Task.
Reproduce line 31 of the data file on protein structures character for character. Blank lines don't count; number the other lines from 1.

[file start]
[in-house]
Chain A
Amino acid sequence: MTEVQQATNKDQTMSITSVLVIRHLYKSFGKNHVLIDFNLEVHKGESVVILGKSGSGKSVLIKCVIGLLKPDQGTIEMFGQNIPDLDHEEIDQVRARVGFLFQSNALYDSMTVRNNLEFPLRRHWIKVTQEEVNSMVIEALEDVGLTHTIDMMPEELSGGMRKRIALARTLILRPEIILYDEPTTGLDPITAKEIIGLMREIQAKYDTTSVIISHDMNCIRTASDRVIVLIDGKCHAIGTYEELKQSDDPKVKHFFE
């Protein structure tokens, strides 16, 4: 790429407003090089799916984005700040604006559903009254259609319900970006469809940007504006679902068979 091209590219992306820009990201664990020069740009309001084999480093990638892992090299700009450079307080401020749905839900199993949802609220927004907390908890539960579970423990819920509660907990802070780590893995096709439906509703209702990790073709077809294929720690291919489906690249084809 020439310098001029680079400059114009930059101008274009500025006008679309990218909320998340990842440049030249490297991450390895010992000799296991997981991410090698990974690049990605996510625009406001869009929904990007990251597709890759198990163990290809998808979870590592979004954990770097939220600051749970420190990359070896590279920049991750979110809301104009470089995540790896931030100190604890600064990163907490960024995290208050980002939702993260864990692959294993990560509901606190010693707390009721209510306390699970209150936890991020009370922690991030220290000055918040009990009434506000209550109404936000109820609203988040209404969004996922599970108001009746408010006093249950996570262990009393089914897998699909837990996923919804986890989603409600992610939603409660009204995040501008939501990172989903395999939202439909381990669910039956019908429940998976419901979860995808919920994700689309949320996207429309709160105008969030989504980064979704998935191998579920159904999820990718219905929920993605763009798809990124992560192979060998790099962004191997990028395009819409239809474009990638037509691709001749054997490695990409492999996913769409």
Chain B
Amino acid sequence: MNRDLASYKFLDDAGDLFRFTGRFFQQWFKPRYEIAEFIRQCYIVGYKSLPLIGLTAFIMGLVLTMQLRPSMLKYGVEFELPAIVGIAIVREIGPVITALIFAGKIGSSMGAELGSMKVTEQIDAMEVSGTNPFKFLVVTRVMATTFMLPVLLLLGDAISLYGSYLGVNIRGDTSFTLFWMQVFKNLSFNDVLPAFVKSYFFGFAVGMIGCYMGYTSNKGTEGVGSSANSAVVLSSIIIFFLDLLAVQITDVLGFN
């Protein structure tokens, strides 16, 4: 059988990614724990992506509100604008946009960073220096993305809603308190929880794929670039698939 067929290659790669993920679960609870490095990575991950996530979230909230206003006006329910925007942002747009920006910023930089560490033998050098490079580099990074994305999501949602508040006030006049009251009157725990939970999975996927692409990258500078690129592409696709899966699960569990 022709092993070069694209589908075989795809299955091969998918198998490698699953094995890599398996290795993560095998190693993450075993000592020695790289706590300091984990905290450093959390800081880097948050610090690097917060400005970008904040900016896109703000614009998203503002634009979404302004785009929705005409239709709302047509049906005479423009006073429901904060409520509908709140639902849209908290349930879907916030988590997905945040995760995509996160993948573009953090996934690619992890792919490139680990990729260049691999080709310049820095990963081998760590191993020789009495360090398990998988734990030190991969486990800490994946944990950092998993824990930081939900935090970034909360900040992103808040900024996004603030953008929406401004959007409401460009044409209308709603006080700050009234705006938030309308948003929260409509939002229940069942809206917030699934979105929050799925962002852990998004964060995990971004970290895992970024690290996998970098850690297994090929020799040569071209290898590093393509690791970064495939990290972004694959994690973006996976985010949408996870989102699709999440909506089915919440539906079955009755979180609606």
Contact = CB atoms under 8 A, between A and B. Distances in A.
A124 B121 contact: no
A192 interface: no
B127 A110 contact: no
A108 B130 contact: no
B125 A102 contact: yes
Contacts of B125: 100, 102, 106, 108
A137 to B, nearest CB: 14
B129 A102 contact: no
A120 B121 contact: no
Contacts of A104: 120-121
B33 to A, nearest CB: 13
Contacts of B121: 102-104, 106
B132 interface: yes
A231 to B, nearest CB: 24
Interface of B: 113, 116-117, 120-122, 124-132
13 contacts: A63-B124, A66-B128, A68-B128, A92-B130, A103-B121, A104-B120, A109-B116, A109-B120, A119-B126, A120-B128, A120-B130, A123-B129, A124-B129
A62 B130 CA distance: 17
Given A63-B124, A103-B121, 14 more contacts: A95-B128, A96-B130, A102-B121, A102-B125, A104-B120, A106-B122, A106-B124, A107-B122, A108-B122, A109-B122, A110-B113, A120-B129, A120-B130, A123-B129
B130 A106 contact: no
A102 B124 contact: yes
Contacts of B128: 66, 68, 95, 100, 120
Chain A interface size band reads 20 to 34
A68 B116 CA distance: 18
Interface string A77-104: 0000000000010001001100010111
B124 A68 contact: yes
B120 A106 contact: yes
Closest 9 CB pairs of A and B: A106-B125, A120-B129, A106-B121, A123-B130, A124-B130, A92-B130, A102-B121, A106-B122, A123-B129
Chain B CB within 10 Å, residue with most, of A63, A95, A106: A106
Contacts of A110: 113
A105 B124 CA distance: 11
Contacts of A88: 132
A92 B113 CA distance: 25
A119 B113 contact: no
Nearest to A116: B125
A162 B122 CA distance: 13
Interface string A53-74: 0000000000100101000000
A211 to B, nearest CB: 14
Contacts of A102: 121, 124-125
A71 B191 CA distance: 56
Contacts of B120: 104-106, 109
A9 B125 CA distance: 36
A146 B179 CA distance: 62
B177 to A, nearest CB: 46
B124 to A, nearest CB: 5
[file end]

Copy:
A68 B116 CA distance: 18